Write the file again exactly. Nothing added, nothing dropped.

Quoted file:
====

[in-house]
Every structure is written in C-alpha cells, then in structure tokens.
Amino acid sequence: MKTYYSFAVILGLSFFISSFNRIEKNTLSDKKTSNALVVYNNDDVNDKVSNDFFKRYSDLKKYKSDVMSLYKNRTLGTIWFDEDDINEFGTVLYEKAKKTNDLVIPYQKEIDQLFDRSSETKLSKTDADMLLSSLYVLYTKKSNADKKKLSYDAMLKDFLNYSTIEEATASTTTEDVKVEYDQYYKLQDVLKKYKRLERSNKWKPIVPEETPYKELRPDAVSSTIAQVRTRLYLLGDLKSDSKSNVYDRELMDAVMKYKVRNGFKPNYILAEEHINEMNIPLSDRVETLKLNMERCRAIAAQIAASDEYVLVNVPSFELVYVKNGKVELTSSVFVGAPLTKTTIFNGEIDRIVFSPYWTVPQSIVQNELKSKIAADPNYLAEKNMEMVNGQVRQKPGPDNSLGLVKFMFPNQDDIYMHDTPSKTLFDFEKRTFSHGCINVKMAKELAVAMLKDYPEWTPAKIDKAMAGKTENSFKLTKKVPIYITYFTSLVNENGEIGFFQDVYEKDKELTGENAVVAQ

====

[in-house]
Every structure is written in C-alpha cells, then in structure tokens.
Amino acid sequence: MKTYYSFAVILGLSFFISSFNRIEKNTLSDKKTSNALVVYNNDDVNDKVSNDFFKRYSDLKKYKSDVMSLYKNRTLGTIWFDEDDINEFGTVLYEKAKKTNDLVIPYQKEIDQLFDRSSETKLSKTDADMLLSSLYVLYTKKSNADKKKLSYDAMLKDFLNYSTIEEATASTTTEDVKVEYDQYYKLQDVLKKYKRLERSNKWKPIVPEETPYKELRPDAVSSTIAQVRTRLYLLGDLKSDSKSNVYDRELMDAVMKYKVRNGFKPNYILAEEHINEMNIPLSDRVETLKLNMERCRAIAAQIAASDEYVLVNVPSFELVYVKNGKVELTSSVFVGAPLTKTTIFNGEIDRIVFSPYWTVPQSIVQNELKSKIAADPNYLAEKNMEMVNGQVRQKPGPDNSLGLVKFMFPNQDDIYMHDTPSKTLFDFEKRTFSHGCINVKMAKELAVAMLKDYPEWTPAKIDKAMAGKTENSFKLTKKVPIYITYFTSLVNENGEIGFFQDVYEKDKELTGENAVVAQ